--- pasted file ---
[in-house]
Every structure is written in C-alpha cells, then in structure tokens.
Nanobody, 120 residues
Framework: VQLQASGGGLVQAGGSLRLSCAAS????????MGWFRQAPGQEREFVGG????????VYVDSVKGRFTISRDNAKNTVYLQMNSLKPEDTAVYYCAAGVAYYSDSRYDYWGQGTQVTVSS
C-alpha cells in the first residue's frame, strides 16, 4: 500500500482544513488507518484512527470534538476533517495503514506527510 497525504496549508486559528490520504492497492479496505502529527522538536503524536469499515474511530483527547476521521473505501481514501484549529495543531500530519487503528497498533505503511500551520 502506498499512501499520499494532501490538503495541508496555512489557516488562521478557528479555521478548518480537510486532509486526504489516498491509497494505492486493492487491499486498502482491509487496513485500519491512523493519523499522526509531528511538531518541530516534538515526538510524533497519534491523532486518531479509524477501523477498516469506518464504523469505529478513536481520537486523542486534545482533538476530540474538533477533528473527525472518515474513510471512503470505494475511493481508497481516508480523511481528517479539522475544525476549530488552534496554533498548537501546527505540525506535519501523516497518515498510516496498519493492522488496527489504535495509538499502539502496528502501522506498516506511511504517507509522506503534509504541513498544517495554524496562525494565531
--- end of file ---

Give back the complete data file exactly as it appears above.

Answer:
[in-house]
Every structure is written in C-alpha cells, then in structure tokens.
Nanobody, 120 residues
Framework: VQLQASGGGLVQAGGSLRLSCAAS????????MGWFRQAPGQEREFVGG????????VYVDSVKGRFTISRDNAKNTVYLQMNSLKPEDTAVYYCAAGVAYYSDSRYDYWGQGTQVTVSS
C-alpha cells in the first residue's frame, strides 16, 4: 500500500482544513488507518484512527470534538476533517495503514506527510 497525504496549508486559528490520504492497492479496505502529527522538536503524536469499515474511530483527547476521521473505501481514501484549529495543531500530519487503528497498533505503511500551520 502506498499512501499520499494532501490538503495541508496555512489557516488562521478557528479555521478548518480537510486532509486526504489516498491509497494505492486493492487491499486498502482491509487496513485500519491512523493519523499522526509531528511538531518541530516534538515526538510524533497519534491523532486518531479509524477501523477498516469506518464504523469505529478513536481520537486523542486534545482533538476530540474538533477533528473527525472518515474513510471512503470505494475511493481508497481516508480523511481528517479539522475544525476549530488552534496554533498548537501546527505540525506535519501523516497518515498510516496498519493492522488496527489504535495509538499502539502496528502501522506498516506511511504517507509522506503534509504541513498544517495554524496562525494565531